The so-called “affective turn” in political theory has recently propelled several scholars to cast aspersions on the deliberative model of democracy. [i] By affirming that democracy should be conceived solely as an exchange of arguments between “reasonable” persons guided by the ideal of “impartiality,” deliberative theorists such as Habermas and Rawls, it is argued, proclaim that democracy should be immured from passions. [ii] They thus obliterate something that Manuel Puig’s El beso de la mujer araña epitomizes remarkably well: the constitutive power that passions and affects have in the formation of political opinions and identities. In what follows, I argue that Puig’s novel can be read as a literary exemplar of the recent affective turn in political theory.


Puig’s novel takes place in 1975 and tells the story of two prisoners who share a cell in Buenos Aires: Luis Molina, a thirty-seven year old “effeminate gay” who is in jail for “illicit sexual behavior,” and Valentín Arregui, a political activist in his twenties who is part of a revolutionary group trying to overthrow the government. The two men are very different, and the beauty of Puig’s narrative lies precisely in the self-transformation process that both inmates undergo as they live side by side. Given Molina and Valentín’s brief liaison at the end of the story, scholars usually stress the issue of sexuality (Alós, 2017). That Valentín had never slept with a man before living with Molina doubtless proves that the proximity with the latter has changed the former’s sexuality.

Another difference that ensues from their cohabitation is observed in the metamorphosis of Molina’s political identity throughout the novel. In the beginning of the story, Valentín discloses his political ideas to Molina:

-Wait a minute, Molina, if we’re going to discuss things let’s have some ground rules, because if we don’t stick to the point it’s just kid stuff […].

– I’m sticking to the point.

– Great, then let me state my position first, so you’ll have some idea of it.

– I’m listening.

– […] My life is dedicated to political struggle, or, you know, political action, let’s call it. Follow me? I can put up with everything in here, which is quite a lot . . . but it’s nothing if you think about torture . . . because you have no idea what that’s like . . .

– But I can imagine.

– No, you can’t imagine . . . Anyway, I put up with all of it . . . because there’s a purpose behind it. Social revolution, that’s what’s important […] The great pleasure […] is knowing I’ve put myself in the service of what’s truly noble, I mean . . . well . . . all my ideas . . .

– What do you mean, your ideas?

– My ideals . . . Marxism, if you want me to spell it out in only one word. And I can get that pleasure anywhere, right here in this cell, and even in torture. And that’s my real strength […] Do you understand what I just explained to you?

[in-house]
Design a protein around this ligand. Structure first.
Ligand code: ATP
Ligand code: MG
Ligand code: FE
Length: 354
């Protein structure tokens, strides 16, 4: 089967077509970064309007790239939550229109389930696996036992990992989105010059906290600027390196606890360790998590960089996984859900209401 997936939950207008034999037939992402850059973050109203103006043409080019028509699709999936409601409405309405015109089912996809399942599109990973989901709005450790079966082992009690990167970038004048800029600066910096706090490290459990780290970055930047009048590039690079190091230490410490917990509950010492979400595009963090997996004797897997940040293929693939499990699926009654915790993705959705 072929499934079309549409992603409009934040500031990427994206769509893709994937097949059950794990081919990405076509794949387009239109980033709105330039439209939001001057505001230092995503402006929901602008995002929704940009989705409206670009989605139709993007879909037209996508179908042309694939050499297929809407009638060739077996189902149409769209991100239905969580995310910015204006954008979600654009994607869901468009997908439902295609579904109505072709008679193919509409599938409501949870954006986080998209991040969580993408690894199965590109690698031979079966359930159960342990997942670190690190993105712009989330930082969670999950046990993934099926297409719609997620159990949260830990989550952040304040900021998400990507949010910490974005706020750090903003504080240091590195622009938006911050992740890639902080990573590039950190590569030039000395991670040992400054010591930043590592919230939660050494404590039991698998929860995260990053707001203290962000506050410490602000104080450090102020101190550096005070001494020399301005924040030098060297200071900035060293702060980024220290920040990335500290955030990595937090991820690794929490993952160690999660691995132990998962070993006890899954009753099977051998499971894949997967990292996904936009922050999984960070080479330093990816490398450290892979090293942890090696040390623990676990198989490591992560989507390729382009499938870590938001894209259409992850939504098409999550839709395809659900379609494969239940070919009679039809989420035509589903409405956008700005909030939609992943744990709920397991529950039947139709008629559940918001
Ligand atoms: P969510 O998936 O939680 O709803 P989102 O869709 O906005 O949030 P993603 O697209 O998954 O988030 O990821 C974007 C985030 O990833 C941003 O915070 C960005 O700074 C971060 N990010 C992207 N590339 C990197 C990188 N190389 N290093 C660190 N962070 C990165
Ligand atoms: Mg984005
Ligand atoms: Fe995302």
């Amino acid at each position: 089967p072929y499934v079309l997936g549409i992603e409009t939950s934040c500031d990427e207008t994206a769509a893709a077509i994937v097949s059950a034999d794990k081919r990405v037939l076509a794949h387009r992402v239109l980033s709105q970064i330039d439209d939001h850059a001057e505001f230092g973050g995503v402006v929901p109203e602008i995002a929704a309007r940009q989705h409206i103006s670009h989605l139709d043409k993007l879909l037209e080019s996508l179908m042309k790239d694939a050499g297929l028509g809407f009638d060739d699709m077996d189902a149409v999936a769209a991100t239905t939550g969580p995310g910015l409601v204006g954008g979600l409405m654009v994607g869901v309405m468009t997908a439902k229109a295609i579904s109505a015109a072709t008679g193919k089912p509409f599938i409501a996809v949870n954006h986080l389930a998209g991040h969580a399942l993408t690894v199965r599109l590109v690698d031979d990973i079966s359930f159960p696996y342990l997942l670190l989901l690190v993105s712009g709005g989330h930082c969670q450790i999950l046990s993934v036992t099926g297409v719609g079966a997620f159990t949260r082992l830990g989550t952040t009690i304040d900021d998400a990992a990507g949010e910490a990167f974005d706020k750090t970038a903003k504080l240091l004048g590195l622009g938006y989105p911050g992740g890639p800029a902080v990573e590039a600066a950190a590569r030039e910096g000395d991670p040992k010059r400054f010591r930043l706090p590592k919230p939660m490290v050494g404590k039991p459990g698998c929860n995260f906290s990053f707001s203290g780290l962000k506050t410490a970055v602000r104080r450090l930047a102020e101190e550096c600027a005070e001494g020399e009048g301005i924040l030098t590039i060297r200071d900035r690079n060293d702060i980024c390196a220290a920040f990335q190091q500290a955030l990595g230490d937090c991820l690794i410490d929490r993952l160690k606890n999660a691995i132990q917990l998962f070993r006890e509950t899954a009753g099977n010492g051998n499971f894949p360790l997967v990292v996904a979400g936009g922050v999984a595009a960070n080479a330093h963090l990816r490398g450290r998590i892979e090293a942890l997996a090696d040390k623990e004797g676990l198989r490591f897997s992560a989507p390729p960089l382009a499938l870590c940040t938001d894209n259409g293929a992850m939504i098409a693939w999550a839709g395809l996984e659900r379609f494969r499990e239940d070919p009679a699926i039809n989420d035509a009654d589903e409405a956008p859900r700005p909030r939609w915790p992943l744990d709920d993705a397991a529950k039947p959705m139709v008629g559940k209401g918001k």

– Mmm-hmm . . .

– You don’t sound too convinced, Molina.

– No, don’t pay any attention to me. And now I think I’ll just get some sleep (Puig, 1994, pp. 22-3). [iii]

Molina claims to understand Valentín’s political ideals, yet he is not convinced by them. To be sure, Molina reveals the next day he sees himself as a “bourgeois lady” (Puig, 1994, p. 34). He is ensorcelled by the glamour of wealthy people and no matter how much Valentín lectures about the necessity of creating a more egalitarian society, Marxist ideals are distasteful to him. He can understand the reason behind Marxism, but cannot find them pleasant. The agonistic conception of public life underlying revolutionary Marxism makes Valentín find pleasure in political struggle. Yet for the Molina at the beginning of the story, who emphasizes time and again his frailty and cowardice, nothing could be less appealing than conflict. The affective disposition that undergirds Valentín’s political views is absent in Molina.

Valentín and Molina’s discussions bring to the fore the crucial role of affects in politics. Political deliberation is not an exchange of reasons that is carried out between dispassionate subjects, and neither is political persuasion simply a matter of rational understanding. Political subjects are embodied beings and thus are inevitably affective. Our minds and feelings, as Valentín remarks, are deeply connected: “Funny how you can’t live without becoming attached to something . . . It’s . . . as if the mind had to secrete affection” (Puig, 1994, p. 32). Valentín is aware that the political opinions we carry within our mind possess an affective resonance. He knows that convincing someone to embrace a certain political view requires mobilizing their affects and passions. Near the end of the story, when he seeks to persuade Molina to jettison bourgeois individualism and join the collective struggle against authoritarianism, Valentín reveals he is aware of the great power that affects play in political persuasion:

– Anyway, there’s a lot of different types of groups for political action. And if you find one that appeals to you, join it, even if it’s a group that just does a lot of talking.

– I don’t know anything about that stuff . . . […]

– Now listen to me, because there must be something I can help you with. It’s just a matter of discussing it a little. First of all, you have to think about getting into some group, and not be alone all the time. That certainly will help you.

– Get into what group? I tell you I don’t understand any of those things, and I don’t believe in them either.

– Then you have no right to complain.

– Let’s just . . . stop talking . . .

– Come on . . . don’t be that way . . . Molina.

– No . . . please don’t touch me . . . (Puig, 1994, pp. 148-9).